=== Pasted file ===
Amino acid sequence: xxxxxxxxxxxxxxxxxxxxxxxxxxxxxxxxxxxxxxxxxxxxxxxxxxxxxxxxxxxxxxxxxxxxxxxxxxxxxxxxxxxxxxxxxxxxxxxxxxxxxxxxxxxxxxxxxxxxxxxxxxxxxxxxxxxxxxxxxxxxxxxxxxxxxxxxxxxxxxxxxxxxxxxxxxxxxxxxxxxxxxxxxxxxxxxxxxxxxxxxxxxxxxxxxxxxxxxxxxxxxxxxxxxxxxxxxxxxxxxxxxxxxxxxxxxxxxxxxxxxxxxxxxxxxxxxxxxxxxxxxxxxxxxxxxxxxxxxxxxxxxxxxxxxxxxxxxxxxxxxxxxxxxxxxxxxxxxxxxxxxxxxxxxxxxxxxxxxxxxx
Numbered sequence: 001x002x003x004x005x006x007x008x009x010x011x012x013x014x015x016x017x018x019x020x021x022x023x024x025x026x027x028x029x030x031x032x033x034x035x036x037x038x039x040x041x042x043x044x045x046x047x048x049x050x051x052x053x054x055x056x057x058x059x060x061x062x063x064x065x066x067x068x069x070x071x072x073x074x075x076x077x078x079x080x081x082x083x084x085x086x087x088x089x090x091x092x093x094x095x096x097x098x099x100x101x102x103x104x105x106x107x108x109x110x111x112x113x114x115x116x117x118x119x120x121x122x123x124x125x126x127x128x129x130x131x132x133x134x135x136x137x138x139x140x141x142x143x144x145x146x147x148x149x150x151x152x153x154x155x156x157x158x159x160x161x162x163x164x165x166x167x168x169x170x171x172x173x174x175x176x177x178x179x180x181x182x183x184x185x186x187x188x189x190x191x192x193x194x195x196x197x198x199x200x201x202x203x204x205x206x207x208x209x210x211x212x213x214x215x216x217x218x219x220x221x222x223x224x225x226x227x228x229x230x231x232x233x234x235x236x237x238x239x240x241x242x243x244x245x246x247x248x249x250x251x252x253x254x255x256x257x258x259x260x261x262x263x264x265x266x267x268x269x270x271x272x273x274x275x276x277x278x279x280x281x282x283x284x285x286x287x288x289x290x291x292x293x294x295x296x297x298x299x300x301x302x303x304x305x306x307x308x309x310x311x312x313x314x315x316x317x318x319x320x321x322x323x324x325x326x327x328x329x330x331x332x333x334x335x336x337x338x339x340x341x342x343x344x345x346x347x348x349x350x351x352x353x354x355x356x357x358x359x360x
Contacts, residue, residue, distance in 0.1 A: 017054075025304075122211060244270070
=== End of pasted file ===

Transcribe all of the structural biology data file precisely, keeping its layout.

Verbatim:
Amino acid sequence: xxxxxxxxxxxxxxxxxxxxxxxxxxxxxxxxxxxxxxxxxxxxxxxxxxxxxxxxxxxxxxxxxxxxxxxxxxxxxxxxxxxxxxxxxxxxxxxxxxxxxxxxxxxxxxxxxxxxxxxxxxxxxxxxxxxxxxxxxxxxxxxxxxxxxxxxxxxxxxxxxxxxxxxxxxxxxxxxxxxxxxxxxxxxxxxxxxxxxxxxxxxxxxxxxxxxxxxxxxxxxxxxxxxxxxxxxxxxxxxxxxxxxxxxxxxxxxxxxxxxxxxxxxxxxxxxxxxxxxxxxxxxxxxxxxxxxxxxxxxxxxxxxxxxxxxxxxxxxxxxxxxxxxxxxxxxxxxxxxxxxxxxxxxxxxxxxxxxxxxx
Numbered sequence: 001x002x003x004x005x006x007x008x009x010x011x012x013x014x015x016x017x018x019x020x021x022x023x024x025x026x027x028x029x030x031x032x033x034x035x036x037x038x039x040x041x042x043x044x045x046x047x048x049x050x051x052x053x054x055x056x057x058x059x060x061x062x063x064x065x066x067x068x069x070x071x072x073x074x075x076x077x078x079x080x081x082x083x084x085x086x087x088x089x090x091x092x093x094x095x096x097x098x099x100x101x102x103x104x105x106x107x108x109x110x111x112x113x114x115x116x117x118x119x120x121x122x123x124x125x126x127x128x129x130x131x132x133x134x135x136x137x138x139x140x141x142x143x144x145x146x147x148x149x150x151x152x153x154x155x156x157x158x159x160x161x162x163x164x165x166x167x168x169x170x171x172x173x174x175x176x177x178x179x180x181x182x183x184x185x186x187x188x189x190x191x192x193x194x195x196x197x198x199x200x201x202x203x204x205x206x207x208x209x210x211x212x213x214x215x216x217x218x219x220x221x222x223x224x225x226x227x228x229x230x231x232x233x234x235x236x237x238x239x240x241x242x243x244x245x246x247x248x249x250x251x252x253x254x255x256x257x258x259x260x261x262x263x264x265x266x267x268x269x270x271x272x273x274x275x276x277x278x279x280x281x282x283x284x285x286x287x288x289x290x291x292x293x294x295x296x297x298x299x300x301x302x303x304x305x306x307x308x309x310x311x312x313x314x315x316x317x318x319x320x321x322x323x324x325x326x327x328x329x330x331x332x333x334x335x336x337x338x339x340x341x342x343x344x345x346x347x348x349x350x351x352x353x354x355x356x357x358x359x360x
Contacts, residue, residue, distance in 0.1 A: 017054075025304075122211060244270070